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July 25, 2010 at 10:09 pm #1122AnonymousGuest
I got in on the 4th of July free shipping special for my starter kit. That was a good deal that saved me over $22 bucks in shipping. My thanks to DrybagSteak for running the free-shipping special.
The kit came with two subprimal bags (one of which is sitting on a rack in my fridge with a 15.5 pound ribeye in it, currently at 14 days and counting), and two smaller roast sized bags.
I plan to use my second subprimal bag on a NY Strip, but I haven’t figured out what to use the smaller bags for. What cuts of meat work well in the roast-sized bags, and about what weight should I be looking for?July 25, 2010 at 10:16 pm #3959
Those two smaller bags are 10 x 20 and are called roast bags. They allow you to age (obviously) smaller pieces of a cut such as a roast which you would not be cutting up like into steaks, but cooking whole. I’ve only used one myself and aged a boneless prime rib weighing around 5 pounds as I recall…and it was delicious and WOWED my brother in law!July 25, 2010 at 10:33 pm #3960AnonymousGuest
I thought a boneless prime rib was the same thing as a boneless ribeye, but prime grade. I guess I could just use the smaller bags for smaller ribeye or strip steaks.
How about top sirloin? Has anyone tried drybag aging one?July 25, 2010 at 10:46 pm #3961
you’re correct in the name – just seems like when a butcher shop sells a solid chunk they refer to it as prime rib when it in fact probably isn’t even prime, but choice. Yet in the same meat case when they sell the same meat cut into individual steaks they label them rib eye steaks!
As for aging a top sirloin my opinion is it is a leaner piece of beef with little fat and might not benefit as much, but hey…why not try it and let us know!July 25, 2010 at 10:53 pm #3962
[quote]you’re correct in the name – just seems like when a butcher shop sells a solid chunk they refer to it as prime rib when it in fact probably isn’t even prime, but choice. Yet in the same meat case when they sell the same meat cut into individual steaks they label them rib eye steaks!
So I followed the same rational with this piece of rib eye I aged 45 days. I cut two large pieces which I’ll serve as “prime rib” and then 4 steaks that I’ll serve as rib eye steaks!
BTW last night we had a couple New York strips I aged back in October for 21 days that I then sealed in Food Saver bags for the freezer and were they delicious! I think your plan for a strip is excellent as it seems to me the thinner sub-primal ages more thoroughly. Good luck!July 25, 2010 at 11:48 pm #3963AnonymousGuest
Those are great looking steaks, RRP. I read in another of your posts that the crusty outer edge cooks up good. I will probably trim that off of mine, but I’ll leave one with the “rind” to test the flavor for myself.
I’ve only ever had dry-aged steaks in restaurants, by the way, and precious few of those in the past two decades. Very few steak restaurants in Dallas dry age their beef. I can only think of two off hand, and they are $$$. So I’m really looking forward to my first home dry-aged steak.July 26, 2010 at 1:42 am #3964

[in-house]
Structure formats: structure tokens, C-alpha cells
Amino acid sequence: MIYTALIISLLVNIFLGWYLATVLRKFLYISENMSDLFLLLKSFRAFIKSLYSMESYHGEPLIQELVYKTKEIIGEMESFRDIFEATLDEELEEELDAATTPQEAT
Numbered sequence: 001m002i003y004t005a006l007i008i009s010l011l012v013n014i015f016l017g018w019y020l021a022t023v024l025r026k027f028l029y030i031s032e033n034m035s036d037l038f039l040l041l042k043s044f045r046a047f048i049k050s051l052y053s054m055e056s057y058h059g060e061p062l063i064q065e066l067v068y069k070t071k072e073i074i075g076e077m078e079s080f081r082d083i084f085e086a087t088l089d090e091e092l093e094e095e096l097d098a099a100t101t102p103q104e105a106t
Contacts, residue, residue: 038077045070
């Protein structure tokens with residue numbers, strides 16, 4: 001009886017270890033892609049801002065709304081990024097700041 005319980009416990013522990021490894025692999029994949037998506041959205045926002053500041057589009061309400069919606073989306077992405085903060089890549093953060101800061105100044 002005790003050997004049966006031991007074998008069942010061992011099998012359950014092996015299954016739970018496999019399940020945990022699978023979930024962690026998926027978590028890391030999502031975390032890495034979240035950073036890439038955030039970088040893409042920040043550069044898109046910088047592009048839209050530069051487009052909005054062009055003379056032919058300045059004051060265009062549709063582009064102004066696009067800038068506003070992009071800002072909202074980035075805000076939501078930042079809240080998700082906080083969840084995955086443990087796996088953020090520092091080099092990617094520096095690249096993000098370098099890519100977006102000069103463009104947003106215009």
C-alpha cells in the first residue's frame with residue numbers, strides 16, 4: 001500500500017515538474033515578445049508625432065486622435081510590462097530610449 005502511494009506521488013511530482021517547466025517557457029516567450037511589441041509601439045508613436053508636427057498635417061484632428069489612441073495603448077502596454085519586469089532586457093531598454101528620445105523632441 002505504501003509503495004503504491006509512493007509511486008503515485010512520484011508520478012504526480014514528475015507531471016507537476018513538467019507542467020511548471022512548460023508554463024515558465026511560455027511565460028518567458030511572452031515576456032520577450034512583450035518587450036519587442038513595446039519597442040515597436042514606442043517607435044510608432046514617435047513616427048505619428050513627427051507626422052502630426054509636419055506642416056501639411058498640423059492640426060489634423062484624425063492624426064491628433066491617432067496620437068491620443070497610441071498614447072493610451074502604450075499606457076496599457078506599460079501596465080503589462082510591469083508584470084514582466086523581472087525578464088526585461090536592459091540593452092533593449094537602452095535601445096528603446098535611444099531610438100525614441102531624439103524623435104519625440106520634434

LOL – I thought maybe with the intense heat there in TX that those cows were dry aged on the hoof! Seriously though, I’m not sure which post of mine you are referencing but the reason I leave most of the dry brown aged part on is because I “hot tub” my steaks for an hour sealed in a plastic bag submerged in hot water of no less than 100° getting the internal meat temp up to 100° or close before searing them at 650° to 750° for only 2 to 3 minutes AT MOST in total. This method really transforms the dark aged skin to a tasty delight for some of us!July 26, 2010 at 4:28 am #3965TheaKeymaster
The Roast bags are good for heart of sirloin, for vein off Subprimals, or for simply running side-by-side tests with two halves of a Subprimal ribeye or strip loin–one for 21 days, one for 28. Just ideas!July 26, 2010 at 1:57 pm #3967AnonymousGuest
Thank you both for the suggestions. I’ve got some time to scope out local meat options to try to find something suitable. Some kind of sirloin appeals to me.August 14, 2010 at 5:33 pm #3990AnonymousGuest
I posted this in another thread, but then I recalled that I’d started this thread to ask about good cuts for the smaller roast sized bags. I bought a 13.99 pound choice Top Sirloin, and it is now aging. Here’s how you fit it in a roast sized bag … sort of.
carne wrote:quote :Let me assure anyone in case they are wondering, a 14 pound Top Sirloin will not fit in a “roast” sized bag. It sort of looked like it might fit, so I tried. I split the roast sized bag open on the bottom and side seam trying to stuff that huge hunk of meat in it.
The solution was to cut off a 3 lb chunk (2 lb 14 oz actually). That left about 11 pounds of Top Sirloin, which fit very snugly in the roast sized bag. But it was a close call even at that. I’d suggest nothing larger than 9 or 10 pounds for the smaller roast sized bag. But it also depends on the shape of the meat to some degree. You might fit 11 pounds if the cut were a little longer and smaller in cross section than a Top Sirloin.
It’s a nice chunk of meat. I’m going to age it for 28 days.
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